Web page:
Did I post that blog on December returns two weeks ago? Arguing that December offered the best average return and lowest risk? Well, that’s working out quite nicely, isn’t it? Eurozone stock markets are down 8% since Draghi ‘failed’ to impress investors with his extension of the ECB QE program on December 3rd.
But OPEC is also to ‘blame’ for poor performances across the board. OPEC’s decision to refrain from a production cut caused the oil price to collapse. Again! The price of crude oil fell to a 7-year low, while Brent broke the USD 40 barrier. Energy and mining companies collapsed as well dragging the overall indices with it. It seems that Mr. Draghi and OPEC killed this Santa rally. At least for now.
The intensified downtrend in oil prices brings all kinds of troubles. The graph below shows just a few losers of lower oil prices. High yield energy companies, Dubai stocks and the ruble, all victims of the slide in oil.
To make things worse, all commodities are under severe pressure. The Bloomberg Commodity Index fell to the lowest since 1999(!) this week. Oversupply, a remnant of the commodity supercycle, and slower growth in the world’s largest commodity user, China, have caused supply-demand imbalances throughout the commodity spectrum. This is increasingly taking its toll on anything related to commodities.
In some cases the commodity-related stress is exacerbated by self-inflicted wounds. The obvious example of this week being South Africa. President Zuma unexpectedly fired his finance minister, only to replace him by someone who basically nobody knows. Markets responded furiously, selling all that is South African. Bond yields shot up to levels last seen during the financial crisis and the Rand got crushed, falling 8% against the USD in a matter of days. The Rand’s reputation of a solid currency was never great, by the way.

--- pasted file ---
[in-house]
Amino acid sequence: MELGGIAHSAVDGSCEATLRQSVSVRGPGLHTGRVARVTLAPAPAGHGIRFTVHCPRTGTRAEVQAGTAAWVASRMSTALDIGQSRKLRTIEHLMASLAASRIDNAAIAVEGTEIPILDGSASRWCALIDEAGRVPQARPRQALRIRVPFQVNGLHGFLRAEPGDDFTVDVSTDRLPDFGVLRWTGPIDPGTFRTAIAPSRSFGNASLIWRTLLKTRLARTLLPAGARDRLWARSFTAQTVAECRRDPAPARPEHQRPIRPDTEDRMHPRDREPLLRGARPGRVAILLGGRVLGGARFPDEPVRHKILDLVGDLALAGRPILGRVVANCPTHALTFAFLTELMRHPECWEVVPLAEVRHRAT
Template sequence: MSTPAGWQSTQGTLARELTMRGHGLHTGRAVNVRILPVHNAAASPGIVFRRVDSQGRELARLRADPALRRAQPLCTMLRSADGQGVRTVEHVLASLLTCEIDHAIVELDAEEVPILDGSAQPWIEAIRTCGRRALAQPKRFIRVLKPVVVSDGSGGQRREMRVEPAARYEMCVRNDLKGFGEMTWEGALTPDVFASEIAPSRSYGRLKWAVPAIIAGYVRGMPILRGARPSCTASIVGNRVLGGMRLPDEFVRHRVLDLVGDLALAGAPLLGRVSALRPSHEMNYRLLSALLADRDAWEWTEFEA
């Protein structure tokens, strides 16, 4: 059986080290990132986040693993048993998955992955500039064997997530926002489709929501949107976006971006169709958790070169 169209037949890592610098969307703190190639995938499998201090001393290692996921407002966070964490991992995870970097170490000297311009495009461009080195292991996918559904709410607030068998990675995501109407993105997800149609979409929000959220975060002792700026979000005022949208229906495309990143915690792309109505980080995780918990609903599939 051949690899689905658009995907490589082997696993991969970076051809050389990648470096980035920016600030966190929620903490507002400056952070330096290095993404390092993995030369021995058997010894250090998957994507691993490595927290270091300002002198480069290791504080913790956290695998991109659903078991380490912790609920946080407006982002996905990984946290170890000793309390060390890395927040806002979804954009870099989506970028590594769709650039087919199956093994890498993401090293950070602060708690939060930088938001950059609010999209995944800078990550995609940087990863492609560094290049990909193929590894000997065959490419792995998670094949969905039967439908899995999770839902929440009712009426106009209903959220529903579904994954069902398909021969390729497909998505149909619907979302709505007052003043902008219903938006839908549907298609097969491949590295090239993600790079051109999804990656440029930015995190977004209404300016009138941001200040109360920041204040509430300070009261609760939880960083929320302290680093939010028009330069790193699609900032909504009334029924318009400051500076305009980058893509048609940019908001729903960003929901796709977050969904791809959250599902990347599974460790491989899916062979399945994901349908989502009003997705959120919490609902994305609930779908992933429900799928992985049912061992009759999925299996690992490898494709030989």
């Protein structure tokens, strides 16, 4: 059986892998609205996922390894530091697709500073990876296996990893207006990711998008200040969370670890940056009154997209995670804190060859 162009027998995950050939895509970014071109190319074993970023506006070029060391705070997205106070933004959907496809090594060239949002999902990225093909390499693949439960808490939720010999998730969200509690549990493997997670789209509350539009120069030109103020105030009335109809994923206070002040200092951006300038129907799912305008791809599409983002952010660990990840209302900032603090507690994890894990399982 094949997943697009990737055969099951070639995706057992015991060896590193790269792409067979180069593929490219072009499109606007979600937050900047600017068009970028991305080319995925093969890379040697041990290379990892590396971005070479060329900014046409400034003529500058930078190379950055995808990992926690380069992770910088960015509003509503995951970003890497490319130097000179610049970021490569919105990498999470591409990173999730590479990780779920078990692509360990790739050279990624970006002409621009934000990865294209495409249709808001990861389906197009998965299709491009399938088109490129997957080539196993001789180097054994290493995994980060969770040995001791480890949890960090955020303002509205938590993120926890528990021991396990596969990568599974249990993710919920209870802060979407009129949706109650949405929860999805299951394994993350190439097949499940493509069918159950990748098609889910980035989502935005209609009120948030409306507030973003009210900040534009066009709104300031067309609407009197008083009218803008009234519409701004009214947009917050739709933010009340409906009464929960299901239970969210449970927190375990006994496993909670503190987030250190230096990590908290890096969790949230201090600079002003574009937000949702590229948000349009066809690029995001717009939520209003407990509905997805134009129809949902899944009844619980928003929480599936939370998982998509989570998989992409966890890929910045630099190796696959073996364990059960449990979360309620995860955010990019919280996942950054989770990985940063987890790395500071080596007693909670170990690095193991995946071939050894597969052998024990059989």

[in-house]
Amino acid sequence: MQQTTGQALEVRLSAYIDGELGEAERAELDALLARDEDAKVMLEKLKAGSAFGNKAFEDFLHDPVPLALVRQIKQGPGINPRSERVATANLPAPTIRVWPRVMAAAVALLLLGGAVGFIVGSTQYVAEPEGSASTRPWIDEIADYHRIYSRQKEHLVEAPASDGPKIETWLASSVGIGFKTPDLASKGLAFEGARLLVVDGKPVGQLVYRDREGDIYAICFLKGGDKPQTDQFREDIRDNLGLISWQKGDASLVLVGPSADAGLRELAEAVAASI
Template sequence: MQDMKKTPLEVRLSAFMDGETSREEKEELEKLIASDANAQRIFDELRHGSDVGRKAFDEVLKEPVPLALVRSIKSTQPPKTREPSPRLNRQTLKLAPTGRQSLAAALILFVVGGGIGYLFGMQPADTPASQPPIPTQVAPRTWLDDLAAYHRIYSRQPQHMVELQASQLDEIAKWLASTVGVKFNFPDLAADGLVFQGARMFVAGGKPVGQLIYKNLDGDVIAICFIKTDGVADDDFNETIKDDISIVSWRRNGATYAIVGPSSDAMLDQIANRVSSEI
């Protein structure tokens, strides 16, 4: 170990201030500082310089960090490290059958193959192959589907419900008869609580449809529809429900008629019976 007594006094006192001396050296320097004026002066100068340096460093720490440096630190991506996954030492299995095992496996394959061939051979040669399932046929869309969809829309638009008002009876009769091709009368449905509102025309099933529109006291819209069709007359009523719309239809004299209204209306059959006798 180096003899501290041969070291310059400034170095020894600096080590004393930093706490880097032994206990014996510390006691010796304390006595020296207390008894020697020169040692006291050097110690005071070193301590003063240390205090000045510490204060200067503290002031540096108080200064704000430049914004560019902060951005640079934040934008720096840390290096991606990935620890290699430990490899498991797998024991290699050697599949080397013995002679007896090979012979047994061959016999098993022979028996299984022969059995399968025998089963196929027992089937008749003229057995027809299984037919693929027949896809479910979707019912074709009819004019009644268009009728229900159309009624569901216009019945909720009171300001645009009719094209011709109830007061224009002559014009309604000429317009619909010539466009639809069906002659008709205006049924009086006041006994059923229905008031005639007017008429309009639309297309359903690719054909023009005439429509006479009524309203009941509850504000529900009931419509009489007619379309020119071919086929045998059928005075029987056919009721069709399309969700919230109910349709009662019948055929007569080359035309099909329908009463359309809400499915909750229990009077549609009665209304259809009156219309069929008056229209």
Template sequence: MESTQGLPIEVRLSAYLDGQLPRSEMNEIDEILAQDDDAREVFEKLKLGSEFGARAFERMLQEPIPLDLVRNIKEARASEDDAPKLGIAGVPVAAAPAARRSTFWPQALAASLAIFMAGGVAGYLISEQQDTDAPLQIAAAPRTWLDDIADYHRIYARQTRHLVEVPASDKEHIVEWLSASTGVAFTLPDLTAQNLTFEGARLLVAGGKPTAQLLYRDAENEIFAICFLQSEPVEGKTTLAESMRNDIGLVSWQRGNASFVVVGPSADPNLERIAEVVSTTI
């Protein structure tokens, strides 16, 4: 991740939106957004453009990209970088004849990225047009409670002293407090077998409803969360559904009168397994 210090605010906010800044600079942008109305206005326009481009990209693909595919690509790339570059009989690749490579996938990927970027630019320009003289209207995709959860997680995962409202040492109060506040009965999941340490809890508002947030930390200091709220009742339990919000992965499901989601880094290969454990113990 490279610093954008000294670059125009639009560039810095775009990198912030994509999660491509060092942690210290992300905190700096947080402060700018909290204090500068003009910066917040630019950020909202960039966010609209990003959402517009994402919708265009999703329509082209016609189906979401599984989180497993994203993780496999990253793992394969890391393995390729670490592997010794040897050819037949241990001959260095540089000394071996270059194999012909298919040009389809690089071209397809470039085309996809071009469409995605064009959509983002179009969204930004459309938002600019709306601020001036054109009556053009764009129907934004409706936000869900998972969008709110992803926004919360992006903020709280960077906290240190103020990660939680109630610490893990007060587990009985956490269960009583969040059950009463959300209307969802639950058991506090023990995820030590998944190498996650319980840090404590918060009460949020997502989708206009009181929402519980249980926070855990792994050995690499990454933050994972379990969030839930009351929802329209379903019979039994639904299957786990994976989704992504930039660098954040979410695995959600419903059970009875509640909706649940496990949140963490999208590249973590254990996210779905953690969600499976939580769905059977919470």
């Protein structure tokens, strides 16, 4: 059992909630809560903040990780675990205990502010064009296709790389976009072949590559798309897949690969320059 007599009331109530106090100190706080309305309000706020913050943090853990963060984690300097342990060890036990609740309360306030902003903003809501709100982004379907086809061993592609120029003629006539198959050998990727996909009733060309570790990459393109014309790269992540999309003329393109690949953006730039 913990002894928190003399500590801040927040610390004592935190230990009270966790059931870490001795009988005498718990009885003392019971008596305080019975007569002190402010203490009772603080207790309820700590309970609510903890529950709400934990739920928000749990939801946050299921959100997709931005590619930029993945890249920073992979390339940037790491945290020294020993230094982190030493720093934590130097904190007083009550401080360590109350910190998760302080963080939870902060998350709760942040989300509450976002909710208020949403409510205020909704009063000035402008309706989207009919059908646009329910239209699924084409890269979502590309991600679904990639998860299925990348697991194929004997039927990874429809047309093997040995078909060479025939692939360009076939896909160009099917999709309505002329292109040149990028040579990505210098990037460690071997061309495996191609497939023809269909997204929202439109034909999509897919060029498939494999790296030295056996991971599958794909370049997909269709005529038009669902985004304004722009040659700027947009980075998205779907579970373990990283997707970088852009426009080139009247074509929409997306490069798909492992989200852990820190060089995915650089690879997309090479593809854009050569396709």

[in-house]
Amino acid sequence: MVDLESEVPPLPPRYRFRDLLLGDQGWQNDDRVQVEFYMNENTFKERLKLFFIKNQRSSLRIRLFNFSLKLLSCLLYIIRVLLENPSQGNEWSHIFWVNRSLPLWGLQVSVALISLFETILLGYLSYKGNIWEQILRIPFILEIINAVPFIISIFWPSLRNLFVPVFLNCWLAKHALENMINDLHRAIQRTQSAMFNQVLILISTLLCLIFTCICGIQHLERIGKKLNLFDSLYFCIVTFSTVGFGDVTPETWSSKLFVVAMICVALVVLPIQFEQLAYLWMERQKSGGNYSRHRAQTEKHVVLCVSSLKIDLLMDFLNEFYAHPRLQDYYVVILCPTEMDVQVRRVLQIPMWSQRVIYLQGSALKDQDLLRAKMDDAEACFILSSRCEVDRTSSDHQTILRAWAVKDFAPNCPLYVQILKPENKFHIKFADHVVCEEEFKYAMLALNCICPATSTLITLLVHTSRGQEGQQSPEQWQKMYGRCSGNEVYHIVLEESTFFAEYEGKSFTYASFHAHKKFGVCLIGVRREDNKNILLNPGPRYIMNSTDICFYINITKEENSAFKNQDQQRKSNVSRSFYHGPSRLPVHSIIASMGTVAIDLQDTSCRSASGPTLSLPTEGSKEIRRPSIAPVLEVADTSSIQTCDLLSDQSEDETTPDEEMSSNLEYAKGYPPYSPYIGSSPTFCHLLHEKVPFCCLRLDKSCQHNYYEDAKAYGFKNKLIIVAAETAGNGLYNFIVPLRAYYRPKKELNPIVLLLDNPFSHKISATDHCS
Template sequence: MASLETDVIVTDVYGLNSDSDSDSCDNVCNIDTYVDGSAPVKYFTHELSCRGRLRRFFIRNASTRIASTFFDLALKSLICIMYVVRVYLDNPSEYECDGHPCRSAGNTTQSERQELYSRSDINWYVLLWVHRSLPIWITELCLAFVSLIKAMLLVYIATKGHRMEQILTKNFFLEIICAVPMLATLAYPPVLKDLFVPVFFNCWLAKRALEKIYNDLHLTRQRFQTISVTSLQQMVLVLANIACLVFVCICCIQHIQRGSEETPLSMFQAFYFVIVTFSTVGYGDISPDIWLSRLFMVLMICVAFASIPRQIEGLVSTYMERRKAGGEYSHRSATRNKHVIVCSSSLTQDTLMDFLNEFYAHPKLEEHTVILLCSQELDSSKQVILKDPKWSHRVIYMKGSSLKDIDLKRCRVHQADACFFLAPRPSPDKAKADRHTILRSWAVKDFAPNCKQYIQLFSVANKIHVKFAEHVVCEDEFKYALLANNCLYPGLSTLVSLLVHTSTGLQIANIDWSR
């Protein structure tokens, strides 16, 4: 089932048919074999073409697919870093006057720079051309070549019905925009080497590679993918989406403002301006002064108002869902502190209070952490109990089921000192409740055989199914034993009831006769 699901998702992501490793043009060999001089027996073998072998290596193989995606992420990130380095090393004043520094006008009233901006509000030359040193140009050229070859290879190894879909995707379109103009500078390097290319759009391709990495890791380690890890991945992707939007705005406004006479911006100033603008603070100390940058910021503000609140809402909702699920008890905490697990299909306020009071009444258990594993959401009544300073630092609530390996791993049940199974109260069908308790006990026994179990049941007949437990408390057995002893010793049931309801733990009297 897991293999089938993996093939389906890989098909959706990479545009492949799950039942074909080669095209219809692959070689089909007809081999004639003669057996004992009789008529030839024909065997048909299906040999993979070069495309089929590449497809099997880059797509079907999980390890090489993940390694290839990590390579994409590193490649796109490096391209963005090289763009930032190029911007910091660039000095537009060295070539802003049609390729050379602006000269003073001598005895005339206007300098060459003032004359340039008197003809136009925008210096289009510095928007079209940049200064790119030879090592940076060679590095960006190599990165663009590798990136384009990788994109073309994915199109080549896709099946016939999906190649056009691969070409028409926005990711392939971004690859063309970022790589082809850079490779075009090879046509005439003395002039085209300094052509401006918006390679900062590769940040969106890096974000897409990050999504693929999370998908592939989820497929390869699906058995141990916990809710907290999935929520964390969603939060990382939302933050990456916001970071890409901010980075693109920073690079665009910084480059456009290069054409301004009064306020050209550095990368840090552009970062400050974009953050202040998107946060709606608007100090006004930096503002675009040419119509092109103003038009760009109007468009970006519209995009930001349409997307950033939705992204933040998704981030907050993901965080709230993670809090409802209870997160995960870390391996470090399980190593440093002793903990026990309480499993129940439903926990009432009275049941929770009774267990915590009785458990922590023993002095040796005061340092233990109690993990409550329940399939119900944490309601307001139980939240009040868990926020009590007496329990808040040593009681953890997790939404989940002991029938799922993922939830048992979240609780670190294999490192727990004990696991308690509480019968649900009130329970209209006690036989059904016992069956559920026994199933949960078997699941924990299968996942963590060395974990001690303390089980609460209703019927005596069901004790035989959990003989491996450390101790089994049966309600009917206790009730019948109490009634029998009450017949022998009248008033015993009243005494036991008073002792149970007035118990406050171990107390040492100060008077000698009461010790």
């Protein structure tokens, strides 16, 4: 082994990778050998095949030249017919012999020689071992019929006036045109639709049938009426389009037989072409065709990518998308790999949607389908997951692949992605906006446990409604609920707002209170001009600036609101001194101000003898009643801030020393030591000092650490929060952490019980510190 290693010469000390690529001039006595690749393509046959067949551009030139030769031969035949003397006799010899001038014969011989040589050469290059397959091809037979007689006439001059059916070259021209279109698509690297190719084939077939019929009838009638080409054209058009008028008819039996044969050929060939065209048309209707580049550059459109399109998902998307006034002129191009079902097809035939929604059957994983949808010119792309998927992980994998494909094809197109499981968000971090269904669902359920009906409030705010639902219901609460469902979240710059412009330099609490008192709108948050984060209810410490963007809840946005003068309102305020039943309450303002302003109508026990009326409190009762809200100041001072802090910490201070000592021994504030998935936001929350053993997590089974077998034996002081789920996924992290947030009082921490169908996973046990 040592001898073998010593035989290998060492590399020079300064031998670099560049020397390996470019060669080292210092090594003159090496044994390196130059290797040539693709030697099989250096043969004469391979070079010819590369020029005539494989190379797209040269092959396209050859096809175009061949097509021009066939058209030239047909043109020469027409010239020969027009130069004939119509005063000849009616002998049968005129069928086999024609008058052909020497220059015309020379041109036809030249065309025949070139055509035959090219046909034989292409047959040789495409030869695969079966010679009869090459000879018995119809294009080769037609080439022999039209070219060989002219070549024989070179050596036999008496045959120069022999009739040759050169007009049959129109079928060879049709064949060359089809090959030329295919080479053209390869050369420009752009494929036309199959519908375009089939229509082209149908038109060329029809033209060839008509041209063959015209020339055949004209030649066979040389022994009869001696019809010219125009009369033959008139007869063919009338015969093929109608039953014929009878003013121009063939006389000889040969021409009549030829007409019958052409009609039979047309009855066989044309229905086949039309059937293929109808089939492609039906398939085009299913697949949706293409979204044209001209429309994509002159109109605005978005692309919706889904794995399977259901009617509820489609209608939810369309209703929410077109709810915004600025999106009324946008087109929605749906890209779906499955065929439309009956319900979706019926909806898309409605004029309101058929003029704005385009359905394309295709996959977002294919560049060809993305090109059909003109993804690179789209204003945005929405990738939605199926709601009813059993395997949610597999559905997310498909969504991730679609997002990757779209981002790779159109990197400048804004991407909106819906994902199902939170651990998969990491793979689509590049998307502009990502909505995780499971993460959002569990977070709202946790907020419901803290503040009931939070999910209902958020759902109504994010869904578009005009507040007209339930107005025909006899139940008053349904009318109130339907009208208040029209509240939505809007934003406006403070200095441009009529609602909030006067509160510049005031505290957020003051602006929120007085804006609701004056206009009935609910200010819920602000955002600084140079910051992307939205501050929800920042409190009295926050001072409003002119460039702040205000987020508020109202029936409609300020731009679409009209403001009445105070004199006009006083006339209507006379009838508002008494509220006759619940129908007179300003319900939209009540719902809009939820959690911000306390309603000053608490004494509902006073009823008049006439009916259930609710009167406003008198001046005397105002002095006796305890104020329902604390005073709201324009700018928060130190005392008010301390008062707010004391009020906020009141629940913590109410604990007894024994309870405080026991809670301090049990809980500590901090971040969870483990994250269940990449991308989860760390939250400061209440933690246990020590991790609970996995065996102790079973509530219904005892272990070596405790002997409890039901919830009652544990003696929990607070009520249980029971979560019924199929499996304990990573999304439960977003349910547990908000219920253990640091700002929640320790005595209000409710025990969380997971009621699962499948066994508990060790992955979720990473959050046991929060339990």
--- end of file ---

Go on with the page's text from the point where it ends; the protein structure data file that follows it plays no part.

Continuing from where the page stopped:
With political issues taking over, South Africa is starting to look a bit like Brazil. And that’s not the best of comparisons since Brazil is a mess right now. A massive recession, inflation expectations that don’t look anchored, rising rates and political unrest make it very likely that Brazil will face another very difficult year.
All this before the real tightening has commenced. The last time markets dived and uncertainty about future economic developments increased the Fed did not raise rates. This time, though, the Fed looks determined to lift the target rate, something we have not seen in the last 9.5 years.
Let’s not get carried away too much. While the commodity collapse understandably causes worries, all is not lost. Lower oil prices is beneficiary for consumers and other sectors of the economy have proven resilient thus far. Concerning the Santa rally, please take note of the chart below. It shows that rally didn’t start until the second half of December, anyway.